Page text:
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Fighting the childhood obesity epidemic
According to a new study, younger generations may be the first to live shorter lives because of obesity. Some 30 percent of American children and adolescents are overweight—and half of them are obese.

“It is alarming that classic adult diseases are becoming more common in children,” says Palmetto Health pediatric nephrologist Dr. Robert Holleman. “The earlier the body is exposed to such conditions the greater the potential for organ injury and long-term health problems. Complicating matters is the fact that overweight children are more likely to become overweight adults.”

Pediatric hypertension and obesity Obese children are at high risk for hypertension or high blood pressure, which is traditionally an “adult” disease. “Historically, children have experienced hypertension as a secondary condition due to kidney problems. Now we see more children with the adult form of hypertension and it is often related to obesity,” says Dr. Holleman.

Hypertension is an extremely aggressive condition that can lead to secondary organ damage targeting the eyes, heart, brain and kidneys. Children with hypertension are at risk as adults for the same complications.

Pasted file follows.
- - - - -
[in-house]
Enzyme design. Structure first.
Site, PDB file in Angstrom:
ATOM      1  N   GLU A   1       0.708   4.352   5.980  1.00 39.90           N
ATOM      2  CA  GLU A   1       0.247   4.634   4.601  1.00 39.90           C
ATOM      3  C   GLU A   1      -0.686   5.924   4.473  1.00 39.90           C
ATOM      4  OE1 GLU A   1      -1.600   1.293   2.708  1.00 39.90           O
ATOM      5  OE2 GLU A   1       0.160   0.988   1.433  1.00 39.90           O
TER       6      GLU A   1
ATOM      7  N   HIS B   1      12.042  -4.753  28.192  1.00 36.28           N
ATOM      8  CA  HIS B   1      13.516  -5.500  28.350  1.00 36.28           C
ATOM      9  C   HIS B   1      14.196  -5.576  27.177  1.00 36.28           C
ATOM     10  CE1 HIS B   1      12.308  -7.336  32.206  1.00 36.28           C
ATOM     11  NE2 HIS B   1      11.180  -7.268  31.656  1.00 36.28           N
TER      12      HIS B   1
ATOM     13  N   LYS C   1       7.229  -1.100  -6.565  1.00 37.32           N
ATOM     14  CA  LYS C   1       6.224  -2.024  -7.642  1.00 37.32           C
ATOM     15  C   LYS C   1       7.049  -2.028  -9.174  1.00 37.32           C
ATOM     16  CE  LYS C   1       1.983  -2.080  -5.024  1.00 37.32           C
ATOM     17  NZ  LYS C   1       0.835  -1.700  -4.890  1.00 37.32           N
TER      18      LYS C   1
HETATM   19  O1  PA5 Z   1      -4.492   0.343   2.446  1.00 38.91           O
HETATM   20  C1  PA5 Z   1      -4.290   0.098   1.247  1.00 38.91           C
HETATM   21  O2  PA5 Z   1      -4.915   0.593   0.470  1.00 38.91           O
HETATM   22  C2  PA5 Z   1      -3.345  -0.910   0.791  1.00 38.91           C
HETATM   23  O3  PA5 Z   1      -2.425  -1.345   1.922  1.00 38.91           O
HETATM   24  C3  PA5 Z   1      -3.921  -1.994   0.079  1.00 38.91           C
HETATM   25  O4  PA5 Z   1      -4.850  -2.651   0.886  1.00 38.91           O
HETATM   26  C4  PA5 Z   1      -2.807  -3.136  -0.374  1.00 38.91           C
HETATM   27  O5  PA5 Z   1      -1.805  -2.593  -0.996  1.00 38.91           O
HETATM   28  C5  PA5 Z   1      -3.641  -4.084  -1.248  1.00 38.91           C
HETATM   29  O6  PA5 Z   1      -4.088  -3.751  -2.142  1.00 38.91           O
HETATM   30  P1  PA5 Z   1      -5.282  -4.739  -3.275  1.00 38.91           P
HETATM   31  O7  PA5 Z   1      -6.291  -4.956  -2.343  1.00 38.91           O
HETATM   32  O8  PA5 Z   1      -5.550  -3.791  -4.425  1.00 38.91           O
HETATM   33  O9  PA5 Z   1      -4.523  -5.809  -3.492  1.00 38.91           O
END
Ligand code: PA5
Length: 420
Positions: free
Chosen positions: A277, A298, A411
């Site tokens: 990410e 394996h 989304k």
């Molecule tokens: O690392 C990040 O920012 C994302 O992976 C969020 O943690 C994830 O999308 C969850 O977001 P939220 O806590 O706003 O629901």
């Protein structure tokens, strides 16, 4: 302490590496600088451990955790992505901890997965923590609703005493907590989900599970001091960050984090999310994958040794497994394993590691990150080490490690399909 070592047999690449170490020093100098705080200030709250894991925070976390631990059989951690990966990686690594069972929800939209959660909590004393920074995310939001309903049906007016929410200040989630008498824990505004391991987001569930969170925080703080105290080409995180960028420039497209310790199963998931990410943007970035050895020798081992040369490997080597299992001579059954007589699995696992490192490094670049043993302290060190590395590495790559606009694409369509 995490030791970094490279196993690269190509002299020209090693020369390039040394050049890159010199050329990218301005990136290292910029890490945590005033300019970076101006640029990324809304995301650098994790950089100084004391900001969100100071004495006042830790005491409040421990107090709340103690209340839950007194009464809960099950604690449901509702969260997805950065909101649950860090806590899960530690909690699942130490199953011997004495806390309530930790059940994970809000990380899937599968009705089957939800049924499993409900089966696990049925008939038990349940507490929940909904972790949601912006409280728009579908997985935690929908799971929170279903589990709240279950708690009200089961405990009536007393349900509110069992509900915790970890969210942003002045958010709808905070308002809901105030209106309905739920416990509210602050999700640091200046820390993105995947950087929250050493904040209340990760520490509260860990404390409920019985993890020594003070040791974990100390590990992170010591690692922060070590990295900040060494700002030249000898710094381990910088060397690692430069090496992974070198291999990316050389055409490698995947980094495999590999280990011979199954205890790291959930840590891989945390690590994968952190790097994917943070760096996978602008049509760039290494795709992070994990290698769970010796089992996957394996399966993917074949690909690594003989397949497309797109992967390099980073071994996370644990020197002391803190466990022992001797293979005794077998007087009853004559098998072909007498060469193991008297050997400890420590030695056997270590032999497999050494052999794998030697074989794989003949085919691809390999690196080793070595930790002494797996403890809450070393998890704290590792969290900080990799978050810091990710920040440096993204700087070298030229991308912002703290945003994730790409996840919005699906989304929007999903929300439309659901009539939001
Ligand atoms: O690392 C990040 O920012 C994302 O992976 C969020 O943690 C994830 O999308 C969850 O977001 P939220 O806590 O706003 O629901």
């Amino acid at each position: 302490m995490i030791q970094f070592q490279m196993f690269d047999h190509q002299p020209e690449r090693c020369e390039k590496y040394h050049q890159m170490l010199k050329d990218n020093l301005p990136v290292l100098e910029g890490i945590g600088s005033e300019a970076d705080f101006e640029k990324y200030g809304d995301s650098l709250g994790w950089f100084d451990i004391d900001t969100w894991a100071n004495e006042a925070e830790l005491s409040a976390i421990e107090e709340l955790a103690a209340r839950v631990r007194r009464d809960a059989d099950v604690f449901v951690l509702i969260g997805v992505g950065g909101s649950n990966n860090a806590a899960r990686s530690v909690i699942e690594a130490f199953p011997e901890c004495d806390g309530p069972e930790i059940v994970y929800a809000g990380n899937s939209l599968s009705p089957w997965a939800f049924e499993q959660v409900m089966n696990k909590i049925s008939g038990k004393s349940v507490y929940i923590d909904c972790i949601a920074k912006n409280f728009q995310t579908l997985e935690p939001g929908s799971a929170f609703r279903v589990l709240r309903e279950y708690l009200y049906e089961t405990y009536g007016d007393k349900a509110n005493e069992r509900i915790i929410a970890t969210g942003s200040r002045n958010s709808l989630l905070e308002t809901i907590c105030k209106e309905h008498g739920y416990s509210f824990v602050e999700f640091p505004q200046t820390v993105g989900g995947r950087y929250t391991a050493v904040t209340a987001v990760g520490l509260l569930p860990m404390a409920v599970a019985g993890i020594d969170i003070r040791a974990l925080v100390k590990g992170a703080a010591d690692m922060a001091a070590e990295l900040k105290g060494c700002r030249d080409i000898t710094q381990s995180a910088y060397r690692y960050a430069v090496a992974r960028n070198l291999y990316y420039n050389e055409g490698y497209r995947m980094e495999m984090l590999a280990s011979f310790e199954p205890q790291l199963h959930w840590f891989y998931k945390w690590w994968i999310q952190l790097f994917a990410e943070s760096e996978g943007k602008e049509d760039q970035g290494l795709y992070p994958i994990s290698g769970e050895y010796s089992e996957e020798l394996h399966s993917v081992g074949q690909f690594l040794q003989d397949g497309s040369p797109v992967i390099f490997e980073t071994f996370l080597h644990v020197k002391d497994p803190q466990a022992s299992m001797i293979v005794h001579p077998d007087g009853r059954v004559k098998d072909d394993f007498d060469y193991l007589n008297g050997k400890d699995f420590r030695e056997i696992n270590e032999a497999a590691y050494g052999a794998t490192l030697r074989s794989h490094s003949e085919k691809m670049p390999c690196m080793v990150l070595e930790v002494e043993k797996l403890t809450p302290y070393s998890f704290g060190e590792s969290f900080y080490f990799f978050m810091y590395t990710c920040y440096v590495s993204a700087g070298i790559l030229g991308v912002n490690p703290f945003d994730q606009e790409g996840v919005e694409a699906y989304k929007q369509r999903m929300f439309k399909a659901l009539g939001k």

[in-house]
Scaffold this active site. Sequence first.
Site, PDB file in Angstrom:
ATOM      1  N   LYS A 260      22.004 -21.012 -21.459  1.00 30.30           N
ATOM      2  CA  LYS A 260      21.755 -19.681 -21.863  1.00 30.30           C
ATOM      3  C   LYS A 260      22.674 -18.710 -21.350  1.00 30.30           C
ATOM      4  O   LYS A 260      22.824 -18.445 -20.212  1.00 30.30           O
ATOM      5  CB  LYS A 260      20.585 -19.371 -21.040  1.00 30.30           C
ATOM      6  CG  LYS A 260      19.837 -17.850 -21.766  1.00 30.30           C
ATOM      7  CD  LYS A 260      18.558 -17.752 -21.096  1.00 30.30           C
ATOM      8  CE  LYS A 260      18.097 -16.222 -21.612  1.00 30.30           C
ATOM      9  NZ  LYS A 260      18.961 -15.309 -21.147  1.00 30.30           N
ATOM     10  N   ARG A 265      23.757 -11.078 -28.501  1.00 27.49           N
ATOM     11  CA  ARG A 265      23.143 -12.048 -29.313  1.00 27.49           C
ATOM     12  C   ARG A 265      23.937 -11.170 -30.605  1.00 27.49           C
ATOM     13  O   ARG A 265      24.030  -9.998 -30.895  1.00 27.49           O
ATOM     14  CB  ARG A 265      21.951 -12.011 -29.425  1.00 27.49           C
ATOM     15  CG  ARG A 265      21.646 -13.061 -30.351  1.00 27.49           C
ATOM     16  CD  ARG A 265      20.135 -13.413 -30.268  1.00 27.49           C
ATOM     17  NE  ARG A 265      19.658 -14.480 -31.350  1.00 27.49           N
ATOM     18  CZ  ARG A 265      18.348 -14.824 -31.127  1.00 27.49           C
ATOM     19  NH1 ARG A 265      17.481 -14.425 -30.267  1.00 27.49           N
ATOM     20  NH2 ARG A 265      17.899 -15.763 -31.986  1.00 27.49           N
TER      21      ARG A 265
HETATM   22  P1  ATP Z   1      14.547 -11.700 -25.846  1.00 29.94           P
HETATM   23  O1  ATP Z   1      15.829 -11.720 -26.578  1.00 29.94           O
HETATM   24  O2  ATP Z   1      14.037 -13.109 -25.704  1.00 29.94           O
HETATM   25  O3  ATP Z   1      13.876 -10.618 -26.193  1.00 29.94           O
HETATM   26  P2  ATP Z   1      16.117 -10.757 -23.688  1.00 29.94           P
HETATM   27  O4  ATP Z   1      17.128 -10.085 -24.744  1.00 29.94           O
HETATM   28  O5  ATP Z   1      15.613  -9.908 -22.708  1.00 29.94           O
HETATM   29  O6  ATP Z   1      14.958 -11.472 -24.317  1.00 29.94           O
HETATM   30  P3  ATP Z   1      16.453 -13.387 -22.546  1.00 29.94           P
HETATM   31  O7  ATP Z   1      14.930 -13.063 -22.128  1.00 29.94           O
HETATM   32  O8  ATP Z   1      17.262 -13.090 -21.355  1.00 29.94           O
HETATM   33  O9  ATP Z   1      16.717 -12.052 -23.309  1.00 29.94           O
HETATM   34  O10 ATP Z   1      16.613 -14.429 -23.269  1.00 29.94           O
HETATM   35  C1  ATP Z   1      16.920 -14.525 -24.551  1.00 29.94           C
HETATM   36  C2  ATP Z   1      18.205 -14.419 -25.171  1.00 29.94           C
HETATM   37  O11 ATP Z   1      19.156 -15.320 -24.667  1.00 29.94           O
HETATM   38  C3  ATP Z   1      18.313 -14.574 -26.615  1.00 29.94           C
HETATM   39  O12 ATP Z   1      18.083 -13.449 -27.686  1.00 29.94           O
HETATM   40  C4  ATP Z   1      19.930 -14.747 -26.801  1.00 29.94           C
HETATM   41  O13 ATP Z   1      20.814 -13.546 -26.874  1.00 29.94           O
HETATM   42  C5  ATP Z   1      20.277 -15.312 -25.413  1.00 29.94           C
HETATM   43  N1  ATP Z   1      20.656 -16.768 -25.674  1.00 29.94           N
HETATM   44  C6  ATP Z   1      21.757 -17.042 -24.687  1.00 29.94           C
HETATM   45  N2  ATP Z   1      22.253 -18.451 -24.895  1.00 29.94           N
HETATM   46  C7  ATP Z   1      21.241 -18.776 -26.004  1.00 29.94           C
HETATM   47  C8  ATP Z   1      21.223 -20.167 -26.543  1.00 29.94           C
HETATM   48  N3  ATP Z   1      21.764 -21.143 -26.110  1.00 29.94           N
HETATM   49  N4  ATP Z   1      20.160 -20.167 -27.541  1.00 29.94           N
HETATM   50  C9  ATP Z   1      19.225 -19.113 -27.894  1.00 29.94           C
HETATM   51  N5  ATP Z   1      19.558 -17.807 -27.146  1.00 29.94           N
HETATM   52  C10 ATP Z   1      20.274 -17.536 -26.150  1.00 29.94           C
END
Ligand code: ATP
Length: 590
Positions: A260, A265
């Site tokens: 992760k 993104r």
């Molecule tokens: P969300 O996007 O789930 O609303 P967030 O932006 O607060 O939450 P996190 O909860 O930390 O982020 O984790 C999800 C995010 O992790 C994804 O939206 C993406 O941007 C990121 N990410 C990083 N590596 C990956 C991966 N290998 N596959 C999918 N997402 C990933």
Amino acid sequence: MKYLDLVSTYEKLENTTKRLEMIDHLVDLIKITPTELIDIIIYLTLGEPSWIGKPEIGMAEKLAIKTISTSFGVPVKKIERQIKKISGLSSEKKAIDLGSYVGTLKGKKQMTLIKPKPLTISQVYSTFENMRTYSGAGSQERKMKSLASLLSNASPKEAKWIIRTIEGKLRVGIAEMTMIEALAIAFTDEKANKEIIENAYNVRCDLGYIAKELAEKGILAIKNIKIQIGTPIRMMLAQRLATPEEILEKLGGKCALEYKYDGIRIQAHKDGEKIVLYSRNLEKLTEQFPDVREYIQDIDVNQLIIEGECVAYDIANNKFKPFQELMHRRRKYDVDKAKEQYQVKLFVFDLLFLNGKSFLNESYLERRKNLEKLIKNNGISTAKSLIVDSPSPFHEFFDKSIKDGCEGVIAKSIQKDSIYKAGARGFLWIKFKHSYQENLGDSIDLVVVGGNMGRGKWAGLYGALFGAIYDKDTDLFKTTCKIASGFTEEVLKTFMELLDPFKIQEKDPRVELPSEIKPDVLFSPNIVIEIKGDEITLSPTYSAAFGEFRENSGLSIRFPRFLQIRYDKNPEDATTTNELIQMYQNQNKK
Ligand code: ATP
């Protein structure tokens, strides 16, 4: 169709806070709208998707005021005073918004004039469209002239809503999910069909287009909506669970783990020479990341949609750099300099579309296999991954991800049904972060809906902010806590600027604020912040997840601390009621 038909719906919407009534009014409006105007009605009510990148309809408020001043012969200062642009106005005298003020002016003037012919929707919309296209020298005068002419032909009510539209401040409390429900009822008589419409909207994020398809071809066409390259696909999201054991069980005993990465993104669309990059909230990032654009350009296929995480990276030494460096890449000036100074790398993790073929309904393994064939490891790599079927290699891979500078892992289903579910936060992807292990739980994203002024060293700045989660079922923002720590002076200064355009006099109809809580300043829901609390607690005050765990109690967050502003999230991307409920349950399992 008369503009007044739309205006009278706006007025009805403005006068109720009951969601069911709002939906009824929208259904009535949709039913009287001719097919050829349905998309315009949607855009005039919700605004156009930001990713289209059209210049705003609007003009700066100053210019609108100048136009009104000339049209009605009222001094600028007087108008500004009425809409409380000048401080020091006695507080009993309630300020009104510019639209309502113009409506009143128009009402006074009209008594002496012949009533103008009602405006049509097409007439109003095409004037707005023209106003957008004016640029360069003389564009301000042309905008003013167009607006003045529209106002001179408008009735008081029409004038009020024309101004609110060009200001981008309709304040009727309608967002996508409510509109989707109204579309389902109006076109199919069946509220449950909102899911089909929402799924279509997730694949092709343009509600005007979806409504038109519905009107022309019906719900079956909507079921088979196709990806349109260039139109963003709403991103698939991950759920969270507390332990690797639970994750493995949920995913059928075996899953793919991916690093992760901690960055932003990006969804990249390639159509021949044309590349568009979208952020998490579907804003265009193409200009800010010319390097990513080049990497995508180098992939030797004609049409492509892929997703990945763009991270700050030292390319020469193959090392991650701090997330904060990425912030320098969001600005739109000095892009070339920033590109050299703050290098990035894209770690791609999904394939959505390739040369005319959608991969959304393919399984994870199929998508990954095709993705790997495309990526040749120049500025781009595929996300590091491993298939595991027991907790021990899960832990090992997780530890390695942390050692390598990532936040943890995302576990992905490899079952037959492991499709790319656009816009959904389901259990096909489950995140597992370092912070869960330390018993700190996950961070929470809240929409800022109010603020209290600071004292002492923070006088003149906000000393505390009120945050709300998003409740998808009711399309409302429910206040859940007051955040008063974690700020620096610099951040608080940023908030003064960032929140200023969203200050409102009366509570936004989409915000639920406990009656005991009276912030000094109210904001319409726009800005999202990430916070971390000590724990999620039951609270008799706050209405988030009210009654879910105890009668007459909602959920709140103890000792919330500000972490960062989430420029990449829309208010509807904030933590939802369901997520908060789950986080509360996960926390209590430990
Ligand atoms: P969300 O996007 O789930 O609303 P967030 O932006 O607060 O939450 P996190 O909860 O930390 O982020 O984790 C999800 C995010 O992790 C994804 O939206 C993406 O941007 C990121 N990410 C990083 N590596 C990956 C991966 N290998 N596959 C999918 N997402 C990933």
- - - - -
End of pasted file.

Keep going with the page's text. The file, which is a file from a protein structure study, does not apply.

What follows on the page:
Causes of obesity
The rising rates of pediatric hypertension and obesity are linked to lifestyle. Obesity has reached epidemic proportions because children are less active, do not get enough regular exercise and have an unhealthy diet.

“The increasing number of obese children has changed how we look at hypertension. We can treat blood pressure by treating the obesity,” he says.

As a physician at the Healthy Lifestyle Clinic, coordinated by Palmetto Health and the USC School of Medicine, Dr. Holleman teaches children and families how to make healthy choices about nutrition and physical activity.

“Making healthy choices should be a family affair,” says Dr. Holleman. “Dietary recommendations include eliminating regular sodas and other sugary drinks and emphasizing whole grains, fresh fruits and vegetables. We strongly encourage daily aerobic activity, 20-30 minutes in duration, and minimizing TV and computer/video game time. Exercise can be a fun family oriented activity and studies have proven the positive impact on obesity, heart health, blood pressure and cholesterol.”

Preventative efforts
It is important that children learn healthy behaviors at a young age. To battle summertime bulge and boredom, parents and caregivers should create an active home environment and healthy eating habits for the whole family.

Obesity increases one’s risk of type 2 diabetes, a chronic disease leading to serious complications including heart disease. Palmetto Health designed Type 2–We’re on to You! to teach fifth graders about how exercise and healthy food choices can keep them healthy and prevent type 2 diabetes. Students’ height, weight, and body mass index (BMI) are assessed at the beginning of the six-week program, with follow-up afterwards to compare results. Parents are encouraged to apply the lessons learned at home, such as offering healthy snacks and exercising with their children.